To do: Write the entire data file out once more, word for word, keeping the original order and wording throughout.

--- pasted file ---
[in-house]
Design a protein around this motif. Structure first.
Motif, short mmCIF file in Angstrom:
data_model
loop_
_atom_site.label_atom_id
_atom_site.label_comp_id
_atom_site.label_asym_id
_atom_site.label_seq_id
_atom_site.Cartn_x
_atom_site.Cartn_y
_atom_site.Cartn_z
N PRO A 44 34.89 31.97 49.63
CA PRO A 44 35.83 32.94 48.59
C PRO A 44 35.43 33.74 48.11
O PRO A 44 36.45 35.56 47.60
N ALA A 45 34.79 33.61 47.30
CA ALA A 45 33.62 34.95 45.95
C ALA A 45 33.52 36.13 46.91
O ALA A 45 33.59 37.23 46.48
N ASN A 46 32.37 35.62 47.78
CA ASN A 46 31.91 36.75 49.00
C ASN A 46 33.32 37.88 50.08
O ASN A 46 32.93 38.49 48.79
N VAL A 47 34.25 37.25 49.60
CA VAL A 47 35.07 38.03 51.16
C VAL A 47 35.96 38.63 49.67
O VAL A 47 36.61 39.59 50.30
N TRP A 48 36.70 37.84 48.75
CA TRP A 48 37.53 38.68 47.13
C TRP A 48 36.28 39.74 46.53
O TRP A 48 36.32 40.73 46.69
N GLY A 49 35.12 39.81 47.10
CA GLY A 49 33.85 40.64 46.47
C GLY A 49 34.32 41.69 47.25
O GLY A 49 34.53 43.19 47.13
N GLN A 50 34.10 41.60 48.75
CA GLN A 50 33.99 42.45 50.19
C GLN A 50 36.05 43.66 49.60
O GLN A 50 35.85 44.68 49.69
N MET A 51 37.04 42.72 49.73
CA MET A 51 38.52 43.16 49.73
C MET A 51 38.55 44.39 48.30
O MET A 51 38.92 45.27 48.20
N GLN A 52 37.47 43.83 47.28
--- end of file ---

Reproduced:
[in-house]
Design a protein around this motif. Structure first.
Motif, short mmCIF file in Angstrom:
data_model
loop_
_atom_site.label_atom_id
_atom_site.label_comp_id
_atom_site.label_asym_id
_atom_site.label_seq_id
_atom_site.Cartn_x
_atom_site.Cartn_y
_atom_site.Cartn_z
N PRO A 44 34.89 31.97 49.63
CA PRO A 44 35.83 32.94 48.59
C PRO A 44 35.43 33.74 48.11
O PRO A 44 36.45 35.56 47.60
N ALA A 45 34.79 33.61 47.30
CA ALA A 45 33.62 34.95 45.95
C ALA A 45 33.52 36.13 46.91
O ALA A 45 33.59 37.23 46.48
N ASN A 46 32.37 35.62 47.78
CA ASN A 46 31.91 36.75 49.00
C ASN A 46 33.32 37.88 50.08
O ASN A 46 32.93 38.49 48.79
N VAL A 47 34.25 37.25 49.60
CA VAL A 47 35.07 38.03 51.16
C VAL A 47 35.96 38.63 49.67
O VAL A 47 36.61 39.59 50.30
N TRP A 48 36.70 37.84 48.75
CA TRP A 48 37.53 38.68 47.13
C TRP A 48 36.28 39.74 46.53
O TRP A 48 36.32 40.73 46.69
N GLY A 49 35.12 39.81 47.10
CA GLY A 49 33.85 40.64 46.47
C GLY A 49 34.32 41.69 47.25
O GLY A 49 34.53 43.19 47.13
N GLN A 50 34.10 41.60 48.75
CA GLN A 50 33.99 42.45 50.19
C GLN A 50 36.05 43.66 49.60
O GLN A 50 35.85 44.68 49.69
N MET A 51 37.04 42.72 49.73
CA MET A 51 38.52 43.16 49.73
C MET A 51 38.55 44.39 48.30
O MET A 51 38.92 45.27 48.20
N GLN A 52 37.47 43.83 47.28